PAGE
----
Mosquitoes can be an irritating and deadly problem
by Eric Johnson
With mosquitoes buzzing and reports of West Nile cases skyrocketing, many in Columbia County are wondering why more isn’t being done to take care of the mosquito problem. But according to Emergency and Operations Director Pam Tucker, the county simply has a different, less intrusive approach to mosquito control.
“Larvicide is our mosquito control program,” she says. “It’s the most cost-effective and eco-friendly method of mosquito control because it prevents the larvae from hatching into mosquitoes.”
The county spends between $3,000 and $5,000 a season for the larvicide.
Larvicide, which can also be purchased by the public in home and garden stores, comes in pellet and briquette form, while spraying, which is how Richmond County handles the problem, is less targeted and only kills what it touches, meaning it does little to control the next hatch. And that’s the thing about mosquitoes — they’re always hatching.
Eliminating mosquitoes isn’t simply a matter of getting rid of an irritant, however. Already this year, well over 2,500 confirmed human cases of West Nile virus have been reported in the U.S, and the mosquito season here lasts until the end of October.
Nationwide, the death toll from the disease is hovering around 120.
Last month, a North Augusta man became the first person in South Carolina to die from the virus, which is passed to humans by infected mosquitoes, which is why limiting the mosquito population is so critical. Though larviciding is effective, it can only do so much.
Here in the CSRA, the mosquito season has been worse than normal. Tucker says the county has received a total of 33 complaints so far this year. Last year, the total was 24.
Though the county has always used larvicide, it wasn’t until 2010 that the county formed its own integrated mosquito management team, which consists of individuals from the Environmental Health section of Public Health, Code Enforcement, the Water Utility Division, the Emergency Operations Division, Roads and Bridges and 3-1-1.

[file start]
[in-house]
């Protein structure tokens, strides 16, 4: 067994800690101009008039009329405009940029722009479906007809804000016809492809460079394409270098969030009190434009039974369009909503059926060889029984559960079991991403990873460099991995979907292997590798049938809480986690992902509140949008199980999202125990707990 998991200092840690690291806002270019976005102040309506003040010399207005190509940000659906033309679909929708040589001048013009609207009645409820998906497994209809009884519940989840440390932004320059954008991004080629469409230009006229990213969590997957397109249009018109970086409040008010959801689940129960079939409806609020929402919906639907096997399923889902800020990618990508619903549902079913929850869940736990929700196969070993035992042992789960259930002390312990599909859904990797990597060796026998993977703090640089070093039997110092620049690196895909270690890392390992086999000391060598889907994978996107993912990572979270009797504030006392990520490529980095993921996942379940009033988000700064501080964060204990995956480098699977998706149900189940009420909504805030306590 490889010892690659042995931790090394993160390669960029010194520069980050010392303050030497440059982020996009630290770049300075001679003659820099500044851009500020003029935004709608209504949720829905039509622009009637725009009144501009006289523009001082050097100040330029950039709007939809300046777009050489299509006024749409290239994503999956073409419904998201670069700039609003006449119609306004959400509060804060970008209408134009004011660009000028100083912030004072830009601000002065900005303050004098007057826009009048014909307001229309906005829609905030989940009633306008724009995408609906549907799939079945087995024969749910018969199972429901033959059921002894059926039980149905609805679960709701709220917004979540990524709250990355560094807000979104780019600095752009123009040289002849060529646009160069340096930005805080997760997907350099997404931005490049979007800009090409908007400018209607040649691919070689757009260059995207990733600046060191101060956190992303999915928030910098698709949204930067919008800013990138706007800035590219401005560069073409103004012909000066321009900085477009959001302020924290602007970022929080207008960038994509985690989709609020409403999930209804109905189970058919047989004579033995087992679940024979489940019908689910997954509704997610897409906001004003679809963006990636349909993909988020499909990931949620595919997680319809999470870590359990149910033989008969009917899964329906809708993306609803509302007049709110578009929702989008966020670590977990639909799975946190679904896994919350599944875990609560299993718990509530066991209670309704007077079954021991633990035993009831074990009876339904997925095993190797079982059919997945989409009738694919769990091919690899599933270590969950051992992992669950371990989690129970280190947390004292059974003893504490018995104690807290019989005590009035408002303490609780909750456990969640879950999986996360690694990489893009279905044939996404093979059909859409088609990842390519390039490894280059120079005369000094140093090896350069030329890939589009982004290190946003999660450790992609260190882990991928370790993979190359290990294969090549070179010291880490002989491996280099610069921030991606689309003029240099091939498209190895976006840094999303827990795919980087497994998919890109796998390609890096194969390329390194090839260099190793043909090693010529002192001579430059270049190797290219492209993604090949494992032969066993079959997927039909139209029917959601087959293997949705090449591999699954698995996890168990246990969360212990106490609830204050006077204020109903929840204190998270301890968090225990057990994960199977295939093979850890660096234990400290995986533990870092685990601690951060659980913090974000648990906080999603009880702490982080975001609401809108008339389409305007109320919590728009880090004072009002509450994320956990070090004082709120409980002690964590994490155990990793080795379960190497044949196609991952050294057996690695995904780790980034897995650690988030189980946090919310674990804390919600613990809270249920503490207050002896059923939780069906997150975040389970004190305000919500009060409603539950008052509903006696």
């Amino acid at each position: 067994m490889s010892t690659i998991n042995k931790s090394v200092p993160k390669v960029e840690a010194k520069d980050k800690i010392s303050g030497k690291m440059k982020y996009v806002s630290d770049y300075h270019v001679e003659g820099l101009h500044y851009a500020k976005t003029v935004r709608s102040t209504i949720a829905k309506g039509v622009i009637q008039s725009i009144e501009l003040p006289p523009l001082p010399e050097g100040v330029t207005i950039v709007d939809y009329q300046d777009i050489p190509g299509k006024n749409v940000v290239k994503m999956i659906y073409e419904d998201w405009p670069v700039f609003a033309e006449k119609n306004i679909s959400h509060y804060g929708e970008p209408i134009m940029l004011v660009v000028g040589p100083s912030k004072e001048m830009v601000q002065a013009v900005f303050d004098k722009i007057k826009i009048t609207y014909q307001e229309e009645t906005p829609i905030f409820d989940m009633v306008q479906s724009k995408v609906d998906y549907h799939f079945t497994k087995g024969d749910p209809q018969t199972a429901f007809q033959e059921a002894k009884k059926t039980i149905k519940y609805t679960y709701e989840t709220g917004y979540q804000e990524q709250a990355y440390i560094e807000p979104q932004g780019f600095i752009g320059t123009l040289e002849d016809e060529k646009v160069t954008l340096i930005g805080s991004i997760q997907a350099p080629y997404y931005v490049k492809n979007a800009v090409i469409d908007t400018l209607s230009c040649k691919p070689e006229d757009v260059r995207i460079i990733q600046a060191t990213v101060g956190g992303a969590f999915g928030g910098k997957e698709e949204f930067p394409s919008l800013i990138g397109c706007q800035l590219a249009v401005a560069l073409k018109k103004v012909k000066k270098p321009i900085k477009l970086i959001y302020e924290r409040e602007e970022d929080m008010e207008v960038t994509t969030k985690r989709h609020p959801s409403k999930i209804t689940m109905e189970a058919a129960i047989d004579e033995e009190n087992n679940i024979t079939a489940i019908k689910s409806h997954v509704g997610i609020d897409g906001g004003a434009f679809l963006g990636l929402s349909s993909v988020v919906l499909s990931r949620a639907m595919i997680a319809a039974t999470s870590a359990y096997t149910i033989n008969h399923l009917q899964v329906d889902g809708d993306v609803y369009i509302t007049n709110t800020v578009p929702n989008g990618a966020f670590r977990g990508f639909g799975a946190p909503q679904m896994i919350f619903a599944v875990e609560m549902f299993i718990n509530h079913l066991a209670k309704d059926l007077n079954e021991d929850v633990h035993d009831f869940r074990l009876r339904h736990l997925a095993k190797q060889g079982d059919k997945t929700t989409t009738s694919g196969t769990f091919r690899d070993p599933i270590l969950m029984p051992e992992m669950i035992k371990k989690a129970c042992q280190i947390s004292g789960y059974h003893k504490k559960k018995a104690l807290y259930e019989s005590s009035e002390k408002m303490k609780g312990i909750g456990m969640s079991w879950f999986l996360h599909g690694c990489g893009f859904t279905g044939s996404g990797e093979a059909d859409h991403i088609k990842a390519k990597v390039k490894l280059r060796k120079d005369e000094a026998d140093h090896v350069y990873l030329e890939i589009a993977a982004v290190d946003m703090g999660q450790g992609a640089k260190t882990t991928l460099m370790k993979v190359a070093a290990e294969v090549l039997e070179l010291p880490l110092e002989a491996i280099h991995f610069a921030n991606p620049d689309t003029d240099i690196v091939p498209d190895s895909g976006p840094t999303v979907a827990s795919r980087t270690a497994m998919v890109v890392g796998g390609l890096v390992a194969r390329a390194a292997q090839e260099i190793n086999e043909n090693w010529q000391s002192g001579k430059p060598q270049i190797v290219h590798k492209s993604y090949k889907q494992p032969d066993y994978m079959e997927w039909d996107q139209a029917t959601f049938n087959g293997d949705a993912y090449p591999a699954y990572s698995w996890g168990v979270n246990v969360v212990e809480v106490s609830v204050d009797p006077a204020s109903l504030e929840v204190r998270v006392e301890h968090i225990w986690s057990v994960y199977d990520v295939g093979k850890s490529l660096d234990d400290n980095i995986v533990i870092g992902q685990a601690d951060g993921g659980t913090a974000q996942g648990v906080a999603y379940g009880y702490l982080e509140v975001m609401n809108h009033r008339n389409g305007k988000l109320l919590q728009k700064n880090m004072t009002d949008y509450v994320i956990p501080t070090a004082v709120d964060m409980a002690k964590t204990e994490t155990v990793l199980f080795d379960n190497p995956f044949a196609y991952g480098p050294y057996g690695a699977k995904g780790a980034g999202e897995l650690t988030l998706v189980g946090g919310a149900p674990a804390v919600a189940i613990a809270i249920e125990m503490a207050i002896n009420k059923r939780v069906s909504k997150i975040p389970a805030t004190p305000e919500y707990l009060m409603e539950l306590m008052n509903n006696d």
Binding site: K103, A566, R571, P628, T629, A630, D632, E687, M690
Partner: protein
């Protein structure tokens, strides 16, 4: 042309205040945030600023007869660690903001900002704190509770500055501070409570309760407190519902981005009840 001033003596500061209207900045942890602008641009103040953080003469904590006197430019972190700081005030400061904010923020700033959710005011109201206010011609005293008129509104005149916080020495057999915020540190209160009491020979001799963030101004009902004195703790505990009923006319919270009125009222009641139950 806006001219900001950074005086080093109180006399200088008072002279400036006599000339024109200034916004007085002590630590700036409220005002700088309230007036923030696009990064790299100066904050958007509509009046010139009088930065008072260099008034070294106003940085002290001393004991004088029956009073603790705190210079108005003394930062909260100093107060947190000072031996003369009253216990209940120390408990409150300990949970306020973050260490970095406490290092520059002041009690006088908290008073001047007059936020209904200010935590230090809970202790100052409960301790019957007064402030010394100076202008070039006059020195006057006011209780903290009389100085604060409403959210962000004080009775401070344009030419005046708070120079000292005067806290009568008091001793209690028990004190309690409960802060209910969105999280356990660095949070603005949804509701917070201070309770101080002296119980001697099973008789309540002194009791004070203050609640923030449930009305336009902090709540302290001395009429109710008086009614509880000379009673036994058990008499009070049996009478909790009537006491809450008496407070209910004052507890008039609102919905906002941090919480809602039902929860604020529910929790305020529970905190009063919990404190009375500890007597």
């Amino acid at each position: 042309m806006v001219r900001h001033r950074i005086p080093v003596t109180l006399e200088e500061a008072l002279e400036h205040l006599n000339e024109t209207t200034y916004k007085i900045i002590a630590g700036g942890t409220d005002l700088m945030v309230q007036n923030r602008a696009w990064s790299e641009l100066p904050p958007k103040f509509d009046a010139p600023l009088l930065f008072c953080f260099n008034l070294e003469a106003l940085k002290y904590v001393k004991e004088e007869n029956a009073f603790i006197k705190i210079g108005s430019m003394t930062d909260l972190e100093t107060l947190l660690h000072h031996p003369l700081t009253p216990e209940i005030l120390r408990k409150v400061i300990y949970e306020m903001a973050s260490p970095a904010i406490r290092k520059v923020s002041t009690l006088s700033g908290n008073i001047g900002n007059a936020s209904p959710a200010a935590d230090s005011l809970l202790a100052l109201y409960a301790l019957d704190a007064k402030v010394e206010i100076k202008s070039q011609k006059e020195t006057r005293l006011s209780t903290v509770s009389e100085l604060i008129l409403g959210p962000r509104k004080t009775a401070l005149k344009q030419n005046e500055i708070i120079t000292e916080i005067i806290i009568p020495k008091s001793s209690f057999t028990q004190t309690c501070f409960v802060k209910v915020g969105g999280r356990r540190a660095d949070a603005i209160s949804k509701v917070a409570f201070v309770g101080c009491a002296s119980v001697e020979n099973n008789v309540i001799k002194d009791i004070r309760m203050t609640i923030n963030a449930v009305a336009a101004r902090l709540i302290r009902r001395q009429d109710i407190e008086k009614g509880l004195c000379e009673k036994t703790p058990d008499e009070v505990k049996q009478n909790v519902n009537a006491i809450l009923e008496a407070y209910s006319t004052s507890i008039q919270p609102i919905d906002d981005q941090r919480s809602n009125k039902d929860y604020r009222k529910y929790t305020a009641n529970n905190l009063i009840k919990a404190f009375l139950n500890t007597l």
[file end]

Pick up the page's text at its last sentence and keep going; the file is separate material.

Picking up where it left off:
“Using 3-1-1 as the center control point for all the calls to come through, we’ve been able to find out that the overwhelming majority of mosquito complaints are because of neglected or abandoned swimming pools,” she says.
In fact, 18 of Columbia County’s 33 total complaints this year are because of abandoned or neglected pools.
“That is attributed to the number of foreclosures and the number of people who have left those homes,” she says. “There’s just nobody there to take care of the pools.”
Coastal areas with lots of swampy grass respond the best to general pesticides, Tucker says, but in a residential setting it’s not as effective.
“Spraying doesn’t give a false sense of security, necessarily, but it gives an unreasonable one,” she says. “Pesticides aren’t really effective, and you only kill what you hit. It won’t get in the backyard, and it raises environmental concerns for a lot of people.”
Though the mosquito team mostly uses the larvicide to treat county property like ponds and ditches, Tucker says that they’ll treat abandoned swimming pools when they find them.
“If we’ve got an abandoned property and the bank that took it over is in California — trust me, they’re not going to do anything,” she says. “So for public health purposes, we’ll toss them right into the pool.”
Though pools are the primary source of preventable mosquito breeding real estate, Tucker says everyone should take a quick walk around their home.
“Even a bottle cap that sits upside down and has some water can breed as many as 25 mosquitoes,” she says. “A bottle cap.”You Might Also Like: